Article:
Bigger size -> more danger -> more rules -> more boredom
So why does it get boring? Well, working in any large organization can become routine in time. No startling insight here. But, let’s not forget, banks have to live with the presence of what overweight, bespectacled banking regulators love to throw around as their heavyweight jowls shake uncontrollably called “systemic risk”
The gist of it is that if a bank tips over for whatever reason then, given the linkages with other banks, we may see other financial institutions fall like dominoes and we end up with a collapse of the financial system.
So large and significant are they that all eyes are fixated on them. Consequently, and typical of those under the spotlight of scrutiny, banks must exercise caution when they tango.
Also, when you’re that big if you trip and fall you tend to hurt not only yourself but a lot of helpless creatures around you.
“Change in all things is sweet” (Aristotle)
So what’s the solution? Change roles? Change team? Change banks? Change jobs altogether? Perhaps. The clock is ticking and you won’t get these times back. Change is good. Change is healthy. All ibankers have their own personal and professional reasons for sitting in their seat but do you really want to become the chap – maybe sitting a few rows away from you now – who has had the same role, even if at 2 or 3 different banks, for the last 20 years?
With a universe of work opportunities available nowadays how can you stick to the same thing for so damn long? If banking is your life’s mission and you love nothing more then fine; but at least try different departments.
Very very very few people love working in an investment bank. Most ibankers have simply learned to live with the job.
Smaller and nimbler
(Mayfair: where the real action is)
Sometimes a jump to a smaller financial institution makes all the difference. Especially to practice finance a la Indiana Jones. I’m not talking about flimsy boutiques here – incomparable to the prestigious big-name investment banks. Instead, I refer to small and / or medium-sized hedge fund, private equity firm, hybrids of the two, focused corporate finance boutiques, Family Offices or other ‘specialised’ finance firm that a) do fantastically well from a profit standpoint and b) do exciting stuff. Where you can witness A through Z of a deal, not just P.p.1 to P.p.2.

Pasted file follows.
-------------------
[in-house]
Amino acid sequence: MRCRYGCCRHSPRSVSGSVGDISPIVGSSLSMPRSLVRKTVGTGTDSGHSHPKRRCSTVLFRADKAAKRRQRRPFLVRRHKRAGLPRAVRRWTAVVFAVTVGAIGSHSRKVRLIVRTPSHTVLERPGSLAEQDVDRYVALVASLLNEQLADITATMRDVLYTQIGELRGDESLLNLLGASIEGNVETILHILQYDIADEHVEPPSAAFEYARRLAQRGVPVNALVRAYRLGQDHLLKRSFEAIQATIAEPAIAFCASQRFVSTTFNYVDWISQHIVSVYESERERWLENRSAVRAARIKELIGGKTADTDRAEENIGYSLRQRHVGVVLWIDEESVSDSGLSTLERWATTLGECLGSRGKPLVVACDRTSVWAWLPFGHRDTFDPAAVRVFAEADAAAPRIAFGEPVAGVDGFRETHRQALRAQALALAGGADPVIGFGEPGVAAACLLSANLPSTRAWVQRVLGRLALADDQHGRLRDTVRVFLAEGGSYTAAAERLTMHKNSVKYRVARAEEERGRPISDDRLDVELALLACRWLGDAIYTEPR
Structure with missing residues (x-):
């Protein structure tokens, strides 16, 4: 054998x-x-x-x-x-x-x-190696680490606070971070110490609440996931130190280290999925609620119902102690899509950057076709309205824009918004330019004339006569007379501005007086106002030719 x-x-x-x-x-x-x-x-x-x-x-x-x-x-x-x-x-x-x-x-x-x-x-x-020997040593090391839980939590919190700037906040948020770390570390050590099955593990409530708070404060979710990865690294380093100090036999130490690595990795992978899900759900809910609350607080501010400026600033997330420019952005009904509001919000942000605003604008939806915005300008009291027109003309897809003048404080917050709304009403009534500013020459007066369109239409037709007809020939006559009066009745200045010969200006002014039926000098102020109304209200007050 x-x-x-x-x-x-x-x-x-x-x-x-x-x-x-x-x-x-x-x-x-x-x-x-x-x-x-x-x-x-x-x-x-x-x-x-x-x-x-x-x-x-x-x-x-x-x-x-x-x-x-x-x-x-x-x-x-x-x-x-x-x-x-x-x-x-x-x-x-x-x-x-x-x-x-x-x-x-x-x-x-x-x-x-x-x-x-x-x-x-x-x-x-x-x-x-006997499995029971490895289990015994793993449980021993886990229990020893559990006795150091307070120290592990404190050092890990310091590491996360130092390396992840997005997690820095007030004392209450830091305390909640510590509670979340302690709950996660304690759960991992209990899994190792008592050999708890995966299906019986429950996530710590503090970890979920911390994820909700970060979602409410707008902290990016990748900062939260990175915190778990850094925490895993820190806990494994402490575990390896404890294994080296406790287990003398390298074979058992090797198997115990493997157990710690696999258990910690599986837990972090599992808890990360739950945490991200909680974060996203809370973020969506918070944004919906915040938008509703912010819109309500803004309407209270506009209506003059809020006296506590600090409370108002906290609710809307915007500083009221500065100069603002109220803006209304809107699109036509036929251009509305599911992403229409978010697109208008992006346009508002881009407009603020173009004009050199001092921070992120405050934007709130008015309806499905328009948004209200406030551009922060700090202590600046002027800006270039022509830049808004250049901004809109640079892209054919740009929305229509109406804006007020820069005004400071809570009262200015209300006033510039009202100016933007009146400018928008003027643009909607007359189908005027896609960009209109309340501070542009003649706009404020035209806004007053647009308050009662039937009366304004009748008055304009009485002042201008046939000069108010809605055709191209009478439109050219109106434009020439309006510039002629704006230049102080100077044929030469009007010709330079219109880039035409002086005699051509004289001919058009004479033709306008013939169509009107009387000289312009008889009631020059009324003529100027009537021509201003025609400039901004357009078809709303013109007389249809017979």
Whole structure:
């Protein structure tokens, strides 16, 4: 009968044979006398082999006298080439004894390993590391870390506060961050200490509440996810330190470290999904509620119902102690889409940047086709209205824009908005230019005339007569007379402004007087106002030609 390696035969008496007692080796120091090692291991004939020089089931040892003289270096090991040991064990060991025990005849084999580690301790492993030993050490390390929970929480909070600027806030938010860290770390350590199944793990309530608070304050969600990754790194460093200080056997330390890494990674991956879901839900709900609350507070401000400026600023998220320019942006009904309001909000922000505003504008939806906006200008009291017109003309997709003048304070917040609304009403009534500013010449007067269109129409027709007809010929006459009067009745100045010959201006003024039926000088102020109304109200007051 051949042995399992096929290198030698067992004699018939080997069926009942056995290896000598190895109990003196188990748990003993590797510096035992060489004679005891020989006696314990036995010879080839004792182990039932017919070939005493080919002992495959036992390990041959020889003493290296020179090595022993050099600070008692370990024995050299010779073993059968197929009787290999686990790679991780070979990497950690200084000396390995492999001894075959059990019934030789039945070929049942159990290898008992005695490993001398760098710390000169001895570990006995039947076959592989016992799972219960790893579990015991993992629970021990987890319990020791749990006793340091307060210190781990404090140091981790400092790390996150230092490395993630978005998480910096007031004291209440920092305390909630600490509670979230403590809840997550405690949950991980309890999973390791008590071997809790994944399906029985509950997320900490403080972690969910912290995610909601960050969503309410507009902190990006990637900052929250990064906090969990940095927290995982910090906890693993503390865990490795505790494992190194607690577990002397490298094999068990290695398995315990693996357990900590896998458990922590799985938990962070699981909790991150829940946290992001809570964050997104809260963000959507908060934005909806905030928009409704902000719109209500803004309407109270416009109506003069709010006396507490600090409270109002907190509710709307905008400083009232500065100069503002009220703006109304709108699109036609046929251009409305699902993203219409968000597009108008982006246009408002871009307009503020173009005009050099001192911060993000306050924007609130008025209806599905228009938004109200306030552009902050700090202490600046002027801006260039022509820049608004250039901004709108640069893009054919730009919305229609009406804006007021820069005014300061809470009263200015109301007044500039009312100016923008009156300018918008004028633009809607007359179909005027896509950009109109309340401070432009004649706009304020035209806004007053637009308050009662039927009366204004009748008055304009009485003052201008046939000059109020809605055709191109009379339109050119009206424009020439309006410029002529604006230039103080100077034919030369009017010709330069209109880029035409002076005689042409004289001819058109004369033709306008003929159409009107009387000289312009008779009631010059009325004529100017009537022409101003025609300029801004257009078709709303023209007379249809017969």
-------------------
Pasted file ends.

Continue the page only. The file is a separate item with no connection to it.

Where art thou?
The issue here is that most of the time nobody’s heard of these smaller yet more interesting financial institutions. Sure you can search for them online but if you’re lucky you’ll come across a holding page with just a telephone and address. Not much else really.
I know plenty of single Family Offices, each managing over USD2bn, that don’t even have a proper website. Sometimes, when you put in the domain from their e-mails into the URL your browser takes you to a dead page. If you do come across more information then it tends to be generic.
If you’re living in London then you should take a casual walk around Mayfair and pay close attention to the signs on the doors. At first glance you may think you’re passing a small art gallery or antiques shop. Is that a Picasso hanging on the wall, you’ll ask yourself?
These are the firms that move quickly, don’t deal with superfluous compliance meetings, avoid spending countless hours working on useless 150-page presentations (which we all know nobody reads, and senior members of a team flaunt for personal reasons) and yet play quite a unique role in the financial system.
Many people working in these shops come from the big investment banks yet some never cut their teeth there. The big question is: how does one join one of these outfits in Mayfair or the equivalent in another city?
We’ve all heard about the young lady who advised a member of the Abu Dhabi royal family on a capital injection into a UK bank after warnings from the Financial Services Authority (FSA). She never worked for a big investment bank slaving over PowerPoints & Excels. In fact, she never worked for a bank.
Go on then and enjoy some change!